What's the difference between Home Health Case Manager-RN and Visiting Nurse-RN?
- 0Mar 31, '11 by RN276For those with Home Health experience, I was wondering what the difference is between a Home Health Case Manager and a Visiting Nurse. Does one have more responsibility than the other? Is the pay different?
- 0Mar 31, '11 by berubefrom my experience the term "visiting nurse" is a term use in different regions,,,both are the same,,,,RN casemanager is HH , is the one who manages the care, visits, schedule for his/her case load, some agencies have a RN/LPN team and the LPN does most of the regular visits and the RN does the oasis visits....case loads can vary, i have had anywhere from 24-35 patients at one time to manage, taking into factor the frequency of the patients....i have never been paid more to be a "case manager"
- 0Mar 31, '11 by KateRN1"Visiting Nurse" is a general term for any nurse who sees patients in the home. A Visiting Nurse may also be a "Case Manager" if that visiting nurse takes primary responsibility for a team of patients.
There are several ways that patients in home health care can be case managed, these are the two with which I am most familiar.
1. In-office case management. Care is dictated by a "case manager" in the office. The nurse who does the start of care calls report in to the office CM. The CM decides the frequency based on the RN's report and takes responsibility for doling out the visits to all nursing and therapy staff. The same nurse may or may not continue to see the same patient(s) because primary nursing is generally not a priority under this model. Almost all communication from all disciplines goes through the CM in the office and no one field person takes responsibility for the patient. Generally speaking, there is very little autonomy or flexibility with this model of care.
2. Primary Nurse Case Management in the Field. In this model, generally an RN admits the patient, has greater say over the frequency and who will be assigned to care for the patient and the admitting RN continues to follow the patient. If the team includes LPNs, the RN may elect to delegate routine care of the patient to the LPN with the expectation that the LPN will keep the RN informed of the patient's status. Other disciplines involved will (should) also report to the case managing nurse regarding the patient's therapy progress, etc. The primary RN, or Case Managing RN, is responsible for all care of the patient throughout the episode and has a greater level of autonomy for things like wound care changes, need for additional disciplines, etc. The downside of this is that the RN often becomes overwhelmed if there are many high-acuity patients or other staff do not take the case management role seriously.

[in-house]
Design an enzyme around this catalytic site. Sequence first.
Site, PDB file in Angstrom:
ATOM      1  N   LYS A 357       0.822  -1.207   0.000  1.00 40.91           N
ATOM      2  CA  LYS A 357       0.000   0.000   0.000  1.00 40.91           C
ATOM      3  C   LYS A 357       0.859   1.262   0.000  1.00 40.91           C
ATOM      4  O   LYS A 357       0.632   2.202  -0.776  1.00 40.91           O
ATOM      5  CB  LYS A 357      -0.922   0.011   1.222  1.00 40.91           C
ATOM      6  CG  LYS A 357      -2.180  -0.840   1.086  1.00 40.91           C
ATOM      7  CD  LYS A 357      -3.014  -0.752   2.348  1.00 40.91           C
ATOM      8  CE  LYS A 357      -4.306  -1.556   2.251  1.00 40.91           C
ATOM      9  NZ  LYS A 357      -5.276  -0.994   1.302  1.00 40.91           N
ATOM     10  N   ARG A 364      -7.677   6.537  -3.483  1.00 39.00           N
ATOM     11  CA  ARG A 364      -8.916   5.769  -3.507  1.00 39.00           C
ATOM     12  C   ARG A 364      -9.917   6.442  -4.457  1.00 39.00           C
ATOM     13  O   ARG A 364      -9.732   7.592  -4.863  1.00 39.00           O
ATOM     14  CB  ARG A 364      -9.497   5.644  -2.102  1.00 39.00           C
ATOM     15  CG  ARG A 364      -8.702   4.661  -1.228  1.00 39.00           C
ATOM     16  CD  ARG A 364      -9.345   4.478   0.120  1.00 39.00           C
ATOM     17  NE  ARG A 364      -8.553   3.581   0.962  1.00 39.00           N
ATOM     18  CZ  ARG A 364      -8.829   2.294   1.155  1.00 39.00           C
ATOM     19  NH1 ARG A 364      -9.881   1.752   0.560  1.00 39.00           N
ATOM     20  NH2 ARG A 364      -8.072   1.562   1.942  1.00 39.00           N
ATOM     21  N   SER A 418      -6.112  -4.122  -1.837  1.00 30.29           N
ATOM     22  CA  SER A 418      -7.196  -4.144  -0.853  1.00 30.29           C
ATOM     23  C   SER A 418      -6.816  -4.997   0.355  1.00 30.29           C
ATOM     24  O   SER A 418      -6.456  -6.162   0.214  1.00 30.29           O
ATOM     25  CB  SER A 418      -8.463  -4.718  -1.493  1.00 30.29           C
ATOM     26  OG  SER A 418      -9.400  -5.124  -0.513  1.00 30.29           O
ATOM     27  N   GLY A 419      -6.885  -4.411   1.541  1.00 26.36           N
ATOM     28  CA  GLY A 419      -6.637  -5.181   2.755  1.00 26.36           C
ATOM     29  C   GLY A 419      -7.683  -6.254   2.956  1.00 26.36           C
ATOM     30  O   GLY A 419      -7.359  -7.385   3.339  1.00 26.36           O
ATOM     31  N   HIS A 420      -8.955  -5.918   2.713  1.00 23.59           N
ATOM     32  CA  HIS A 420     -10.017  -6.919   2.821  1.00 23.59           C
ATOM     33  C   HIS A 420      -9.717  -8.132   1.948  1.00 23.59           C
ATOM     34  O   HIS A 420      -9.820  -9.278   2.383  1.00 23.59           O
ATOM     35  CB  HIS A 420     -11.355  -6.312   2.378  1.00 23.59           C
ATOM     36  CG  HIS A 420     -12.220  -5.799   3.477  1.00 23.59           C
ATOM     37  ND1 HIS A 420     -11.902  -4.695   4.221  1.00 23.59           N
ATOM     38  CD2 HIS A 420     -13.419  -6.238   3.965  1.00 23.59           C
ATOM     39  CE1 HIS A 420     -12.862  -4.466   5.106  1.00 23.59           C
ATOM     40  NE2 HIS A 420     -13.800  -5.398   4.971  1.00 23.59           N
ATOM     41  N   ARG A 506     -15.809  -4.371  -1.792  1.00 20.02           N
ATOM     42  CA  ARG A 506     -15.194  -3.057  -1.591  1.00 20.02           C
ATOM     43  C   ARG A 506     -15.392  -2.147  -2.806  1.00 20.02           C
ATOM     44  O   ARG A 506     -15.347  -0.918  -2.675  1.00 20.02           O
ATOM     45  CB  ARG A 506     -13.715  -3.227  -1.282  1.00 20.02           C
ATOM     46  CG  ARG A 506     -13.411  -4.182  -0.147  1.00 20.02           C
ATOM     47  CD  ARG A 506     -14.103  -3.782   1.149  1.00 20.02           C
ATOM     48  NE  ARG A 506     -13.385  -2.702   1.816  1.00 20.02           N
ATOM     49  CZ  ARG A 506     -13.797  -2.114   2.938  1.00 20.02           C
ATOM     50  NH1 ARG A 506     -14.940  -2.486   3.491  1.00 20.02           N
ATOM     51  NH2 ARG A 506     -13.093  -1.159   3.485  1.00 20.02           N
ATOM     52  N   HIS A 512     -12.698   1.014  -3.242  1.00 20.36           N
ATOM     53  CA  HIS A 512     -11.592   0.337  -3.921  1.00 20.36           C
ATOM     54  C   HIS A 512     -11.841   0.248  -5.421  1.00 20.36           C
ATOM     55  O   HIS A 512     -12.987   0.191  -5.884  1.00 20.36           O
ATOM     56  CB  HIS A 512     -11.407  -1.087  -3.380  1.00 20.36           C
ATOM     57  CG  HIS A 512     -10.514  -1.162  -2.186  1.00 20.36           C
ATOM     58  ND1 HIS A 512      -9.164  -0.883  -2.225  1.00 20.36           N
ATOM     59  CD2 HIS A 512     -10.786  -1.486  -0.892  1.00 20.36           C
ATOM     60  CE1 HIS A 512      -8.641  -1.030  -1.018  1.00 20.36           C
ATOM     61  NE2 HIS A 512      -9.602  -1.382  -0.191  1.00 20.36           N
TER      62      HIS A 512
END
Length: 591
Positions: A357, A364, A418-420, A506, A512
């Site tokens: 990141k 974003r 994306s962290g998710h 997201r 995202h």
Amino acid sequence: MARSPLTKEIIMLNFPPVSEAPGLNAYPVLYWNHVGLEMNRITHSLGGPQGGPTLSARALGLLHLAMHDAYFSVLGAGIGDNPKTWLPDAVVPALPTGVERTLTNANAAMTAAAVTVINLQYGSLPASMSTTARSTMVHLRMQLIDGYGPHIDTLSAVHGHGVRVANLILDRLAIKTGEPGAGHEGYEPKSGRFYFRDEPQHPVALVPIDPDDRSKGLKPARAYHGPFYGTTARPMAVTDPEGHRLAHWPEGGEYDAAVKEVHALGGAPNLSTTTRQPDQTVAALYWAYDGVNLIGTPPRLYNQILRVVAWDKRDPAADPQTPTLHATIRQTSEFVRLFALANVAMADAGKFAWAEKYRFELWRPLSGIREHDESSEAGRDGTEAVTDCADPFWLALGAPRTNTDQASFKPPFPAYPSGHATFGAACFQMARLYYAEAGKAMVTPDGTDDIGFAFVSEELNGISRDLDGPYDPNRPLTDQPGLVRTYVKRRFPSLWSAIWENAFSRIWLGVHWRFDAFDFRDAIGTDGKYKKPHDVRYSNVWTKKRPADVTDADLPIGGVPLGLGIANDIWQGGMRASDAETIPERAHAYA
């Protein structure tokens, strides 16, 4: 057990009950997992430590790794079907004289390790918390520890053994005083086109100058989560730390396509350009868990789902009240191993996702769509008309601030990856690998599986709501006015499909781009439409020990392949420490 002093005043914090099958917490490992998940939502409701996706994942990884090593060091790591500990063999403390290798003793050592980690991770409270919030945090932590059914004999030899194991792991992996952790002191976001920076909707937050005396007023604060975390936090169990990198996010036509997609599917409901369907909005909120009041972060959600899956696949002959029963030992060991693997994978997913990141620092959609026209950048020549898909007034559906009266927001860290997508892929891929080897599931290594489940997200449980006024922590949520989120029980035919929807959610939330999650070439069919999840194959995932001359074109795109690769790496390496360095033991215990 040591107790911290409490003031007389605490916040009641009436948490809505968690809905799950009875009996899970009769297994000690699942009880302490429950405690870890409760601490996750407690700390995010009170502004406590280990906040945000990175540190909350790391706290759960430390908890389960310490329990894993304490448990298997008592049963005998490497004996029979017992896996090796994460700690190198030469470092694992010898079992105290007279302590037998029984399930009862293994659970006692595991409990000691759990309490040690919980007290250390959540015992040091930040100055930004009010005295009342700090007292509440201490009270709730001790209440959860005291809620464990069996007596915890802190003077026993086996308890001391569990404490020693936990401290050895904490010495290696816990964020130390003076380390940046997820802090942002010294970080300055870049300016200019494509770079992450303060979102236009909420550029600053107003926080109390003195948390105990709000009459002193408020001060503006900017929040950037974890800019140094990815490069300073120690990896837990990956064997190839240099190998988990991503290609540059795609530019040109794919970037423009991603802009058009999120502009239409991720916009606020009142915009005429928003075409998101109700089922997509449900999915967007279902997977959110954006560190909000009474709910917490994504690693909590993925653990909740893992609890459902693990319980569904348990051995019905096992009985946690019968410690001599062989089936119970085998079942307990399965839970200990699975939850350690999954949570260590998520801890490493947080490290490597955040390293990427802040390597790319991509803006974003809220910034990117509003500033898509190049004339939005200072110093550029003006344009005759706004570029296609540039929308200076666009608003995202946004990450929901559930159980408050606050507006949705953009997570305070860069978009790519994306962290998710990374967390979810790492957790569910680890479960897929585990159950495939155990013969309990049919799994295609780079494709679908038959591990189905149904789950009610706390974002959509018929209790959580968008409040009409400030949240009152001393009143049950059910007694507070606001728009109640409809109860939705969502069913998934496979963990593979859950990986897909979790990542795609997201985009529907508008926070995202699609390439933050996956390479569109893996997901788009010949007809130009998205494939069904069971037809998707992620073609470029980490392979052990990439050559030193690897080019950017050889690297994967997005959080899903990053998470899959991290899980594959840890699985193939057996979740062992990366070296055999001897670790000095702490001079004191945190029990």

What I find most often is that there is a combination of the two models used. Very rarely do I see pure primary case management model used to full effectiveness, often due to lack of buy-in from nurses, but also due to micro-management by nurses in the office.
It is quite easy to work part time in home health and handle a case load. Some of my best case managers are older RNs who believe whole heartedly in primary case management and carry a load of maybe half a dozen patients at a time. They also work for other agencies who don't use primary case management, but definitely like primary much better.
- 0May 20, '12 by OkieeRNI have been a field nurse case manager, a case manager that did all OASIS visits and had an assigned LPN conduct all regular SNV's, and an in-office case manager (with no hands on pt care), with the latter being my current role. The pay I received while working as a field nurse cm was per visit. I made the typical lower rate for regular nursing visits and a higher rate for OASIS visits. Both of the other case manager roles were salary.
- 0Quote from RN276It can be done. You would be scheduled a caseload depending on how often you want to work. For example, I worked M/TH/F. I had about 5/6 patients at a time. I saw them on M/TH and I used Fridays to open new cases or see patients that had a doctors appointment on Thursday. It doesn't always work perfect. If my patient was in the hospital and they're discharged on a Monday or Tuesday, I would need to do a ROC visit on my day off, unless I could get another nurse to cover. I worked this schedule for about 2 years with no issues until my agency decided that contingent nurses should only do SOC's.Thanks for your input. How is it that RN's can work part time in home health and handle a caseload?
- 0Mar 24, '13 by salvadordollyIt depends on what payor source you agency is. If they do a lot of medicare, you'll be the primary nurse and case manager. If they do a lot of medicaid, they often have LPN's do the skilled visits and the RN's do the supervisory visits and oversee the case. It often pays lower to do the medicaid supervisory visits. I'm in WI and we pay $25 per supervisory visit. the skilled nursing visits are $30. To make more money, most of our RN's also take some skilled visits to round out their caseload.